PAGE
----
• by Doc Ruby (173196)
        I dunno, we did mourn and move on after Challenger's 1986 destruction, and again after the 2003 Columbia destruction. It's true that NASA has been largely paralyzed since Columbia, combined with recklessly sending new misions despite serious risks. That shows the mismanagement and opportunism of the Bush administration, which sees the shuttle as a symbol, and a way to militarize the space program. But that's an aberration, not the overall operation of the space program over the past 37 years since Apollo's
        • NASA was paralyzed after Challenger, not just Columbia, probably more paralyzed. Contrast these two with the Apollo 1 fire.

          Regarding political opportunism, I think your post exemplifies the modern tendency to do so. *Every* administration views the space program as a status symbol, and both parties have supported the Air Force's desire to militarize space. With respect to risky missions to Mars, *all* missions to Mars are currently risky and given that they are robotic that is not too much of an issue. T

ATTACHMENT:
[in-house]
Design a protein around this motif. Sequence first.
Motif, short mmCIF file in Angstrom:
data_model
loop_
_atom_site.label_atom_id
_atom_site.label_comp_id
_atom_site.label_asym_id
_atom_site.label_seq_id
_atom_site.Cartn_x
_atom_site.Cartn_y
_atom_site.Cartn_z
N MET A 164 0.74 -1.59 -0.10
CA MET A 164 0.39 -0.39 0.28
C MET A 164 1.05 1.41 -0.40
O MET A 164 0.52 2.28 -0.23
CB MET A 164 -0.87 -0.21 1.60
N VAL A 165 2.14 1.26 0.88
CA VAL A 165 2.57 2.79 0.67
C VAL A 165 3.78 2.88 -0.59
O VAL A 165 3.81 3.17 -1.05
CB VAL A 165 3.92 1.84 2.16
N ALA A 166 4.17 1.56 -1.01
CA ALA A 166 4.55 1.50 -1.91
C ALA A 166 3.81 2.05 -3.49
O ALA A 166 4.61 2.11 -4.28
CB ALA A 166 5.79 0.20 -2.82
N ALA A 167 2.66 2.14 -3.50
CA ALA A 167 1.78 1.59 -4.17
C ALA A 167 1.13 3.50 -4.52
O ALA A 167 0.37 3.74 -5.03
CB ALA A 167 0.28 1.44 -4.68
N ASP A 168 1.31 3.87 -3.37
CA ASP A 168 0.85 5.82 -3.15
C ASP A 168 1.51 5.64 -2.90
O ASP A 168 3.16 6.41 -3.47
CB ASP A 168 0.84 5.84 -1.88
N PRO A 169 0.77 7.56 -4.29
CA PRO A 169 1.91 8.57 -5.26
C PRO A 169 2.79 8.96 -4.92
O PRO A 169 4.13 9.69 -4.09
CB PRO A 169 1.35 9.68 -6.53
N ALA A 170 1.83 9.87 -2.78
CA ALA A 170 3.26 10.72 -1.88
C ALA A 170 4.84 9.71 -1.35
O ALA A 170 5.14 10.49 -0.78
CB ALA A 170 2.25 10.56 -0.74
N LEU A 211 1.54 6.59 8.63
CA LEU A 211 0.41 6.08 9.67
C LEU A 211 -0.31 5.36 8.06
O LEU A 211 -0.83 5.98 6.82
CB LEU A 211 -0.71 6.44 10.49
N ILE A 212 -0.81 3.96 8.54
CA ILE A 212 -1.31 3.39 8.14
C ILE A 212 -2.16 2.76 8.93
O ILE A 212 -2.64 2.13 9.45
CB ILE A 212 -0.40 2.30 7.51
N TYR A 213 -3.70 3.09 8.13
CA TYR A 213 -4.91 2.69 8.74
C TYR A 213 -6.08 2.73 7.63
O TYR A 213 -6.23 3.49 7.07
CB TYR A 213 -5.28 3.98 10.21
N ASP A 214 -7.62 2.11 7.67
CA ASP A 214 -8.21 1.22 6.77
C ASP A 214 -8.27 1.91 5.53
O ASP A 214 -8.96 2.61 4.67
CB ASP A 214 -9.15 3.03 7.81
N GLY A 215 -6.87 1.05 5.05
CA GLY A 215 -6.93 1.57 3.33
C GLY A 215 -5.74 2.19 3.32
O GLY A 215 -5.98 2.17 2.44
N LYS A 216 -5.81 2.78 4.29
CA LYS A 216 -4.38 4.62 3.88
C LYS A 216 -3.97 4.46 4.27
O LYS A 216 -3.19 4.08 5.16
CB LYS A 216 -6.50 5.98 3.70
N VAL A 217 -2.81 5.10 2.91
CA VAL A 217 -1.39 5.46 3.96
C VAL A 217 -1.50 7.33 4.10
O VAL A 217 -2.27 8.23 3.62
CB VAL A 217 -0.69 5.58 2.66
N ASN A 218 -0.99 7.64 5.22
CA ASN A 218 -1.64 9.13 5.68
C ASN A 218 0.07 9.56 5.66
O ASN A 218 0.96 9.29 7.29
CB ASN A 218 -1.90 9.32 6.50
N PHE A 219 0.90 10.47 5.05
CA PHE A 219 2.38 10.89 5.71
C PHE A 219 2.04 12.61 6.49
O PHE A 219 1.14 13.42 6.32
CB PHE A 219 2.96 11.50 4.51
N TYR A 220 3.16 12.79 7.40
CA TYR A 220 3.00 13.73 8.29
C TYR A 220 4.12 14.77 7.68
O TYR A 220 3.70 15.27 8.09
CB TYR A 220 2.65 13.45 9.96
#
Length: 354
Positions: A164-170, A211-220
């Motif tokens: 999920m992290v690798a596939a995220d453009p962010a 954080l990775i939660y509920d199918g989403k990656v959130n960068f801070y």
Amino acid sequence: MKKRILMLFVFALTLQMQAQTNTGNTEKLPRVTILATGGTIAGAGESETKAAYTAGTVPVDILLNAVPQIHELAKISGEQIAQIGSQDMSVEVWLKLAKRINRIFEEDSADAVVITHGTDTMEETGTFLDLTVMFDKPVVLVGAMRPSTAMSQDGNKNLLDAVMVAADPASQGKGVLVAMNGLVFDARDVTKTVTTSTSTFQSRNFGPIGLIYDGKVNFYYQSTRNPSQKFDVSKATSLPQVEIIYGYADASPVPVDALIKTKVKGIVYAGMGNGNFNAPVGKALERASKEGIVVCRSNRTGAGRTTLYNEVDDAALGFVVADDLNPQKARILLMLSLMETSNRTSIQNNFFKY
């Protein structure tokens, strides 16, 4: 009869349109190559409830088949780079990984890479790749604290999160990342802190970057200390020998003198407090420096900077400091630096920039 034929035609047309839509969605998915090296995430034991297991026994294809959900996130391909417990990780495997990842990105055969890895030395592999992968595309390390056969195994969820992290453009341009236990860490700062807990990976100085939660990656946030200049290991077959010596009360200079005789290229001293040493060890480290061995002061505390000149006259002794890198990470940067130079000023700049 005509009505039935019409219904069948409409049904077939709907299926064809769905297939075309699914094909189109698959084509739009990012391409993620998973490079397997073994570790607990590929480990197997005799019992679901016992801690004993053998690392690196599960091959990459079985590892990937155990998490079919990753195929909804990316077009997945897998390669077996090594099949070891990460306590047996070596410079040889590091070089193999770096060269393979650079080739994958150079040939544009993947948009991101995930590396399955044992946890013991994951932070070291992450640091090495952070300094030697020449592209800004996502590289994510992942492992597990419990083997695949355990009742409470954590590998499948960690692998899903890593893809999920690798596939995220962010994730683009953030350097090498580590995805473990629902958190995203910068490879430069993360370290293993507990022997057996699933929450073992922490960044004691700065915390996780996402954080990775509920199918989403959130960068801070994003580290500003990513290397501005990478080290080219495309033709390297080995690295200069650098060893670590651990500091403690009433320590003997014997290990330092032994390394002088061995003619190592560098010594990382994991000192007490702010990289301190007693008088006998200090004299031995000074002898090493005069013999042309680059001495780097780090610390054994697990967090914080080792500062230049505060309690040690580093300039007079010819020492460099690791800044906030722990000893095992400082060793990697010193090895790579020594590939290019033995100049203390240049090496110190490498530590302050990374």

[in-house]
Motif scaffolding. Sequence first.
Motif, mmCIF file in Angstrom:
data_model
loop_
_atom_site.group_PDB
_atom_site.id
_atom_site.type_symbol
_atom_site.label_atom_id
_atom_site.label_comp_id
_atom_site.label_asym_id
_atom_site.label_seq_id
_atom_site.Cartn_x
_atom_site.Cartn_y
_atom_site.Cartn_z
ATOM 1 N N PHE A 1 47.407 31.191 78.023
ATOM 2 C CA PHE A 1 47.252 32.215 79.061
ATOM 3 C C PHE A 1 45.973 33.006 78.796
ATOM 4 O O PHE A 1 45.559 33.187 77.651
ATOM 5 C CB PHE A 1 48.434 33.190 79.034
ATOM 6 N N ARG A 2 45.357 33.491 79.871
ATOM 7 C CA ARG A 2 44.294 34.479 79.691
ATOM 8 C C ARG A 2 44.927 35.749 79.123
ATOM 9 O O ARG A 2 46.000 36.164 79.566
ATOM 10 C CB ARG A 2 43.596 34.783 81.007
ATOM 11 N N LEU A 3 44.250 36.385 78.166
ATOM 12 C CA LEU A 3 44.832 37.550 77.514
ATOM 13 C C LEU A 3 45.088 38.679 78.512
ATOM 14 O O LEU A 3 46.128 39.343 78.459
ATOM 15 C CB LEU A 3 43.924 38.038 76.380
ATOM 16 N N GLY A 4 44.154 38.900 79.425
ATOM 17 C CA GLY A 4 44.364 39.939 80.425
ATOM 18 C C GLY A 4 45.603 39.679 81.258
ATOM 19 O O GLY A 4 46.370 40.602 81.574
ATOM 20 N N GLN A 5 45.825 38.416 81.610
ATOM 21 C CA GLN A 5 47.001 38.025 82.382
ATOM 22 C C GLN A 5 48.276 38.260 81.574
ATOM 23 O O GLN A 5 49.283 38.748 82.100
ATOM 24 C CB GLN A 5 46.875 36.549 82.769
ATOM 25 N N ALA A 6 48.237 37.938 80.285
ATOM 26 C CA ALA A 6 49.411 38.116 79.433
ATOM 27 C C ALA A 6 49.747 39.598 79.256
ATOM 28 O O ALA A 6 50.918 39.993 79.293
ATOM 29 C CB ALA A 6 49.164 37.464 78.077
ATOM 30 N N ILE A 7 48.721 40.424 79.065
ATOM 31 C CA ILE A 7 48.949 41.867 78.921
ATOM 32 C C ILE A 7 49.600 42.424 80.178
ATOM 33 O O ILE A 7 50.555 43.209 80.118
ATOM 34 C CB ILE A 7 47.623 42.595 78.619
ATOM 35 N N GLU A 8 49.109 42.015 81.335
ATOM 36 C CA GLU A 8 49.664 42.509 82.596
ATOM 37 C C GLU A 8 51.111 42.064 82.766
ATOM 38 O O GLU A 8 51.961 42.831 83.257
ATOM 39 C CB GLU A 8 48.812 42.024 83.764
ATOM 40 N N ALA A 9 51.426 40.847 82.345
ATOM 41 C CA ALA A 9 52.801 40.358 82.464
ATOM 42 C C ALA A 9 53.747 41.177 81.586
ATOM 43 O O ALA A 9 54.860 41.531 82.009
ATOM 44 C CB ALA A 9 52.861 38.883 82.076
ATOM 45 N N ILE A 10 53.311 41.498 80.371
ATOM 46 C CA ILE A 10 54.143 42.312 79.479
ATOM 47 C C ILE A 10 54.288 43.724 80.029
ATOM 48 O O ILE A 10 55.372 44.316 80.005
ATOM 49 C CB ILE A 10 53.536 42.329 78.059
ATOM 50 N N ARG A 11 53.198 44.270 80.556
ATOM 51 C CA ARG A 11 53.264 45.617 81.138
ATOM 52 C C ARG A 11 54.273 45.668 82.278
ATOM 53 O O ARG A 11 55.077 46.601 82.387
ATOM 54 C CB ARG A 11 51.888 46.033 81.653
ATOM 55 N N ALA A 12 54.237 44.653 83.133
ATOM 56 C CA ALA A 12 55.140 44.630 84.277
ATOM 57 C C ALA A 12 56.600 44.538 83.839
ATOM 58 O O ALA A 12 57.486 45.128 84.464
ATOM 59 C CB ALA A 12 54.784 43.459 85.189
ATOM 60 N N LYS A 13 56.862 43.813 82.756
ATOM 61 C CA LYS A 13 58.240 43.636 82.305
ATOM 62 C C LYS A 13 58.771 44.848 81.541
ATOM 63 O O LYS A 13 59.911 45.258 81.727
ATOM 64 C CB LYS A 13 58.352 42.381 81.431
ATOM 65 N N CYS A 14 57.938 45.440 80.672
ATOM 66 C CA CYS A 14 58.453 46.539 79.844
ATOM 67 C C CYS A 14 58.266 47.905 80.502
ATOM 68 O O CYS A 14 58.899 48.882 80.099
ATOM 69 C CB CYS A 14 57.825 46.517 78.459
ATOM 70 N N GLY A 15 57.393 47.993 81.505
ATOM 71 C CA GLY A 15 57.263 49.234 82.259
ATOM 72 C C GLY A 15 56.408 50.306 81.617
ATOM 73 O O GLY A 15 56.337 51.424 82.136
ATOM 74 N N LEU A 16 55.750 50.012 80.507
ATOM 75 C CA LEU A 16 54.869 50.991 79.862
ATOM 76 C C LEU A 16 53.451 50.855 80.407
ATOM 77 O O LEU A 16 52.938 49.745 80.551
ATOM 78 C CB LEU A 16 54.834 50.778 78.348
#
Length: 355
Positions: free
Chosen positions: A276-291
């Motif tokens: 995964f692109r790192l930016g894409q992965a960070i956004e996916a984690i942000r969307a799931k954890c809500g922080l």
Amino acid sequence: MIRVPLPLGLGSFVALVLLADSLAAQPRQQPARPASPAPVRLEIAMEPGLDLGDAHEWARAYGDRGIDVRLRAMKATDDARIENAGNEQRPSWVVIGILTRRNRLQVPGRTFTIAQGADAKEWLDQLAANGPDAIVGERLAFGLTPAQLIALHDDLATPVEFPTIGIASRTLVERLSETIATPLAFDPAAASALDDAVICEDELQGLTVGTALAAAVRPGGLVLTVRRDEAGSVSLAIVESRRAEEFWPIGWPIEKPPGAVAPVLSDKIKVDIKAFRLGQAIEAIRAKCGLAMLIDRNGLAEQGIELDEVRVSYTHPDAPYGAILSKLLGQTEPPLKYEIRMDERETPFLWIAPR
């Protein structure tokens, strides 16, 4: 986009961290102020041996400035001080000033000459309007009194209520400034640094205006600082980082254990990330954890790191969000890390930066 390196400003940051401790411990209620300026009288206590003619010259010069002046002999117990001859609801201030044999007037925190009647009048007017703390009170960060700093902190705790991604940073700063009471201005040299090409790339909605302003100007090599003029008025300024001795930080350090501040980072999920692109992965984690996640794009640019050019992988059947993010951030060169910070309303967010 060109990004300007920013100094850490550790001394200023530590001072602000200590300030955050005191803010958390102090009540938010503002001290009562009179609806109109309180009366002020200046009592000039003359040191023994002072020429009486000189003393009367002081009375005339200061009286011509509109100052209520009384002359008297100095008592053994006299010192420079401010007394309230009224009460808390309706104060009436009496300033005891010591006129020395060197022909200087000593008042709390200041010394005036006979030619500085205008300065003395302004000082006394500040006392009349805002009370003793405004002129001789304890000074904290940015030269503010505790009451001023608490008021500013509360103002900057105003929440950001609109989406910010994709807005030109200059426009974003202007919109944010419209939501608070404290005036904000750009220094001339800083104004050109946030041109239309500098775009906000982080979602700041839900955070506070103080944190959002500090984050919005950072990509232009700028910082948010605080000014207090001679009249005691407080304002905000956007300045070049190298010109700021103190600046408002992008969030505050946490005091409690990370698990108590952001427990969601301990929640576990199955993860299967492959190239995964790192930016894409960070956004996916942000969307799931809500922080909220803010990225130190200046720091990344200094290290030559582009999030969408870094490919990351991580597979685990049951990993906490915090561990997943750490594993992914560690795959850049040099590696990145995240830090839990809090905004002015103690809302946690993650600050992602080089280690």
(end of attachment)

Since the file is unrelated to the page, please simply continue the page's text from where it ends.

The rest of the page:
• by Doc Ruby (173196)
            No, Star Wars is a Republican programme. The Democratic Congress voted in the 1980s to kill it, and any successor programs. Though Bush Sr continued to fund it covertly or through "voodoo budgeting". The Republican Congress of the 1990s started refunding it, through Bush Jr. It's Bush Jr's military priority, which is one reason why we're losing the Afghanistan and Iraq wars through mismanagement and strategic misdirection, why we're cultivating nuke missile threats in Iran and N Korea. And why Bush just app
      • None of that happened with the shuttle.
        • None of that happened with the shuttle.

          There are two shuttles losses, Columbia in 2003 and Challenger in 1986. In 1986 there was a little excitement among Democrats that they might be able to pin the blame for launching on Reagan. Political behavior has deteriorated since then, and it wasn't all that high in 1986 to begin with.
  • Kamogawa Asumi [wikipedia.org] would be sad.
  • I was so looking forward to Crazy Hibachi when tourists went to the moon... mmmmmm moon sushi.